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Agriculture is the cultivation and breeding of animals and plants to provide food, fiber, medicinal plants and other products to sustain and enhance life. Agriculture was the key development in the rise of sedentary human civilization, whereby farming of domesticated species created food surpluses that enabled people to live in cities. The study of agriculture is known as agricultural science. The history of agriculture dates back thousands of years; people gathered wild grains at least 105,000 years ago, and began to plant them around 11,500 years ago, before they became domesticated. Pigs, sheep, and cattle were domesticated over 10,000 years ago. Crops originate from at least 11 regions of the world. Industrial agriculture based on large-scale monoculture has in the past century become the dominant agricultural method.
Modern agronomy, plant breeding, agrochemicals such as pesticides and fertilizers, and technological developments have sharply increased yields from cultivation, but at the same time have caused widespread ecological damage. Selective breeding and modern practices in animal husbandry have similarly increased the output of meat, but have raised concerns about animal welfare and environmental damage through contributions to global warming, depletion of aquifers, deforestation, antibiotic resistance, and growth hormones in industrially produced meat. Genetically modified organisms are widely used, although they are banned in several countries.
The major agricultural products can be broadly grouped into foods, fibers, fuels, and raw materials. Classes of foods include cereals (grains), vegetables, fruits, oils, and meat. Over one third of the world's workers are employed in agriculture, second only to the service sector, although the number of agricultural workers in developed countries has decreased significantly over the past several centuries.
(Pictured left: Soy field in Argentina's fertile pampas. The versatile legume makes up about half the nation's crop production and a fourth of its exports.)
Agriculture is one of the bases of Argentina's economy. Argentine agriculture is relatively capital intensive, today providing about 7% of all employment and, even during its period of dominance around 1900, accounting for no more than a third of all labor. Having accounted for 20% of GDP as late as 1959, it adds, directly, less than 10% today; however, agricultural goods, whether raw or processed, still earn over half of Argentina's foreign exchange and, arguably, remain an indispensable pillar of the country's social progress and economic prosperity. An estimated 10-15% of argentinian farmland is foreign owned.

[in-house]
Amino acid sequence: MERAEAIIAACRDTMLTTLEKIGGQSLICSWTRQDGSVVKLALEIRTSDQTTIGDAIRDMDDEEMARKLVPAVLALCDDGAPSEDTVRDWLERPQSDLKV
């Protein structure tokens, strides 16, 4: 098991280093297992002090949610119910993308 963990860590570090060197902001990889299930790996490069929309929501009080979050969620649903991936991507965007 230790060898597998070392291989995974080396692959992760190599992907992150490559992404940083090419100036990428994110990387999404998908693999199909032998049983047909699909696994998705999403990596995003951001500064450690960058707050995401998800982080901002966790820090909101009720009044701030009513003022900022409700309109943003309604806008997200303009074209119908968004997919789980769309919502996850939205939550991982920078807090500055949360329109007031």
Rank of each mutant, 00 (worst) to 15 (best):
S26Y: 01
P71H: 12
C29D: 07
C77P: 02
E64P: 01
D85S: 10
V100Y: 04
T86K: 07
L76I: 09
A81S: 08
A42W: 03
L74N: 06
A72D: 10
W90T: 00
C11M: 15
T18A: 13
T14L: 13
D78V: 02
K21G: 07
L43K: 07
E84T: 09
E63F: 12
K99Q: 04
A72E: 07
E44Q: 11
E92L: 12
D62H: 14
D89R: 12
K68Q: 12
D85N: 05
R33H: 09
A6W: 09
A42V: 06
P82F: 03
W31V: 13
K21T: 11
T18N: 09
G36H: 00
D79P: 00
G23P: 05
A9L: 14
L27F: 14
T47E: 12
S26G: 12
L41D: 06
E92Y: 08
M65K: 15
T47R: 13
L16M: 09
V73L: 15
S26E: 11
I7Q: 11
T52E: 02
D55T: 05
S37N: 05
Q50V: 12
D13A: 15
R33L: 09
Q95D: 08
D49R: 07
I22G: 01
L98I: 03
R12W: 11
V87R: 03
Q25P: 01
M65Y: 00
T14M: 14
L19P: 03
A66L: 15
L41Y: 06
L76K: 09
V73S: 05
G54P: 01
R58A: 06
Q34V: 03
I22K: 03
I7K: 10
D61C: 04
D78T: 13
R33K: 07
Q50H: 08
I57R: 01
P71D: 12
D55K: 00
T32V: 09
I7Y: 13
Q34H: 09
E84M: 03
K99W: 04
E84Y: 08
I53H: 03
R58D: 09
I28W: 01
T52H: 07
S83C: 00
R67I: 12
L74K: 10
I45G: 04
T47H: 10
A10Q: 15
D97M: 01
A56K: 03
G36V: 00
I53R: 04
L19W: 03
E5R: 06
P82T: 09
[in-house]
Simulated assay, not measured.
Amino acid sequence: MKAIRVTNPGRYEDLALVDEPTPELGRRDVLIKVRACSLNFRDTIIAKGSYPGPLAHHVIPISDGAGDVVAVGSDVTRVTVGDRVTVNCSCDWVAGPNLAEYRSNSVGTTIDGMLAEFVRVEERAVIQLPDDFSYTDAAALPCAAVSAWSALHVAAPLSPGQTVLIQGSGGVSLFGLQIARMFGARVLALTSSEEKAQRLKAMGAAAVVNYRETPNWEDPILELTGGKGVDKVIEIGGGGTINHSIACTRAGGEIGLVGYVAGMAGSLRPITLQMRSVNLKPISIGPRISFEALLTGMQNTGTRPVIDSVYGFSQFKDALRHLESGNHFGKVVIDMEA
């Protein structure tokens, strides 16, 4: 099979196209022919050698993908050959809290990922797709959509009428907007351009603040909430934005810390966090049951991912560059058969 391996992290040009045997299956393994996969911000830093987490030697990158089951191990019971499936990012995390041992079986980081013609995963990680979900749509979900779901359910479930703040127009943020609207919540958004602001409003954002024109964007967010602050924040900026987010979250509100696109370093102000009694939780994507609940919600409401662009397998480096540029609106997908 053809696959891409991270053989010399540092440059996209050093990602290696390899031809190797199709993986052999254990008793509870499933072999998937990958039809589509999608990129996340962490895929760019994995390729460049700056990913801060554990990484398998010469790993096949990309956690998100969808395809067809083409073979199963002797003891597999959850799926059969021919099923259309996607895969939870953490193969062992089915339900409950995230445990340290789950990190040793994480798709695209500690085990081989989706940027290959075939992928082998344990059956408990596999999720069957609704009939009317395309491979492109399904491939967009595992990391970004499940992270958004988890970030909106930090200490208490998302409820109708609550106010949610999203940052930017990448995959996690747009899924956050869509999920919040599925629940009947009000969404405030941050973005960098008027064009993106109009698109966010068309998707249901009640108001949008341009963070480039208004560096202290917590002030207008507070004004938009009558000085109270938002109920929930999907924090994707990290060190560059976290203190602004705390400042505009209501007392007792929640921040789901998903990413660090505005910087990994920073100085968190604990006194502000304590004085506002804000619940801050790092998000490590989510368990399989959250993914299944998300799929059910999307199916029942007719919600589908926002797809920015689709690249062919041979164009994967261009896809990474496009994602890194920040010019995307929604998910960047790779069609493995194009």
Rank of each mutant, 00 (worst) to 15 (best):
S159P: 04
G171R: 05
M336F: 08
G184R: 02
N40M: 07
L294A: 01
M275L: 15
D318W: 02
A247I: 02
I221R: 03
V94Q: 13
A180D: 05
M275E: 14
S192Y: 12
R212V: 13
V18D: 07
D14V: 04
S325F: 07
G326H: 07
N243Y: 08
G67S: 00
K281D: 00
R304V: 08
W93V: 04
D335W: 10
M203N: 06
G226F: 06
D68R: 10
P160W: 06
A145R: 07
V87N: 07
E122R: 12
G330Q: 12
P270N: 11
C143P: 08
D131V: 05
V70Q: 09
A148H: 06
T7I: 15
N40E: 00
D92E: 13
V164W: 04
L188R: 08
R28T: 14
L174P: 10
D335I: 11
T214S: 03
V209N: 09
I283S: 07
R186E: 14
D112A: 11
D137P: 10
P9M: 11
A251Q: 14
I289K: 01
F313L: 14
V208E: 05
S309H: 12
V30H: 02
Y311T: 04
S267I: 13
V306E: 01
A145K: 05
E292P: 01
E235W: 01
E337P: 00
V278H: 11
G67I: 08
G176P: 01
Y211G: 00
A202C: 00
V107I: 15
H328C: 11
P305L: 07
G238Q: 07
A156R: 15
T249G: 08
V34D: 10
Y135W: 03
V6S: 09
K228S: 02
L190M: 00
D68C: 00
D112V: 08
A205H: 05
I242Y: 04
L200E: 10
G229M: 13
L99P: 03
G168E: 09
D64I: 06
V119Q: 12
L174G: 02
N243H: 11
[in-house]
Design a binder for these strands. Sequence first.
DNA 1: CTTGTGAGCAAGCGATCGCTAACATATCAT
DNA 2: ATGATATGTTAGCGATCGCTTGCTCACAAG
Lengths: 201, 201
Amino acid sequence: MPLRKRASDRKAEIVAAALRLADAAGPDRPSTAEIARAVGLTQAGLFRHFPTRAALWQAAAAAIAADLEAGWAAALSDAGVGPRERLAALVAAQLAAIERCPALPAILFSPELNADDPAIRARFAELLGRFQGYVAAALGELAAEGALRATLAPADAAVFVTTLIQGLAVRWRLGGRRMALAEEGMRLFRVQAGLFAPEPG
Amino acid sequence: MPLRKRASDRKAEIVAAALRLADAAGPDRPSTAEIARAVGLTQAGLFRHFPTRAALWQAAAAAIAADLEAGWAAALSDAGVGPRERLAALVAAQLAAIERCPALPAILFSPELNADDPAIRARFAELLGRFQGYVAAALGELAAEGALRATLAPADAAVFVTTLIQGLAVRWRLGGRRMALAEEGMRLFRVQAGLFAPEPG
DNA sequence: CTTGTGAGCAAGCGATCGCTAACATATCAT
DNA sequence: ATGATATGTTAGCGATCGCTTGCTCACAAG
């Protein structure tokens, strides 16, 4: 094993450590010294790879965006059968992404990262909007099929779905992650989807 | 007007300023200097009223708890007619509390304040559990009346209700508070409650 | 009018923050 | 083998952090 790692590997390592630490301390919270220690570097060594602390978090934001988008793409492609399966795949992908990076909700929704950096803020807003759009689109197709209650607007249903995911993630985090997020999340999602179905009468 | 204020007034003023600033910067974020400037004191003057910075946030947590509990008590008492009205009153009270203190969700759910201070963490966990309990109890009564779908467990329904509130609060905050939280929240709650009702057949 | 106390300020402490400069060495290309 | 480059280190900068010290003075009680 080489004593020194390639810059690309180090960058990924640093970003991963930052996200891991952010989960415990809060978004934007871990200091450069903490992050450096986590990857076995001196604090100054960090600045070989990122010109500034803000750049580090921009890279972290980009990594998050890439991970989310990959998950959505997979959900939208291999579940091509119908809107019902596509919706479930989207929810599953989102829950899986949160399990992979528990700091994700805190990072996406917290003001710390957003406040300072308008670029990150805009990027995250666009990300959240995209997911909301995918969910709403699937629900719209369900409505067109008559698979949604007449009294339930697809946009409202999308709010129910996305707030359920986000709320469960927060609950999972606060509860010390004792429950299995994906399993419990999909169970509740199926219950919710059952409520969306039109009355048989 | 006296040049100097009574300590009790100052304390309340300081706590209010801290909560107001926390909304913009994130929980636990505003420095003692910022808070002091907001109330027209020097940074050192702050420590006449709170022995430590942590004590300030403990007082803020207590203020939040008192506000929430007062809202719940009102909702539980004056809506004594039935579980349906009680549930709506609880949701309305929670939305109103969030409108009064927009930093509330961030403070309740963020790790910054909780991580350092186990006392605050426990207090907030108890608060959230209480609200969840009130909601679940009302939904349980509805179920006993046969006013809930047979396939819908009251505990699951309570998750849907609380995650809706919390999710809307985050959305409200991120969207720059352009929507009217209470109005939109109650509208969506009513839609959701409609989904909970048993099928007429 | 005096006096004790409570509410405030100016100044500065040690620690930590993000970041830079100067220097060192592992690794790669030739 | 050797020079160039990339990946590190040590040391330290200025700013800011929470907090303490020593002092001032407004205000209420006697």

In 2007, more than one fifth of Argentine exports of about US$56 billion were composed of unprocessed agricultural primary goods, mainly soybeans, wheat and maize. A further one third were composed of processed agricultural products, such as animal feed, flour and vegetable oils. The national governmental organization in charge of overseeing agriculture is the Secretariat of Agriculture, Cattle Farming, Fishing and Food (Secretaría de Agricultura, Ganadería, Pesca y Alimentos, SAGPyA).
Argentine beef and other meats are some of the most important agricultural export products of Argentina. Nearly 5 million tonnes of meats (not including seafood) are produced in Argentina, long the world's leading beef consumer on a per capita basis. Beef accounts for 3.2 million tonnes (not counting 500.000 tonnes of edible offal). Then, following in importance: chicken, with 1.2 million tonnes; pork, with 265,000 and mutton (including goat meat), over 100,000. Cattle is mainly raised in the provinces of Buenos Aires and Santa Fe. Additional significant agricultural commodities include cereals, oilseeds, fruit, vegetables, sugar cane, dairy products and fish/seafood.
Sustainable agriculture is the practice of farming using principles of ecology, the study of relationships between organisms and their environment. It has been defined as "an integrated system of plant and animal production practices having a site-specific application that will last over the long term:
Sustainable agriculture in the United States was addressed by the 1990 farm bill. More recently, as consumer and retail demand for sustainable products has risen, organizations such as Food Alliance and Protected Harvest have started to provide measurement standards and certification programs for what constitutes a sustainably grown crop.
Categories: Sustainable agriculture, Sustainability
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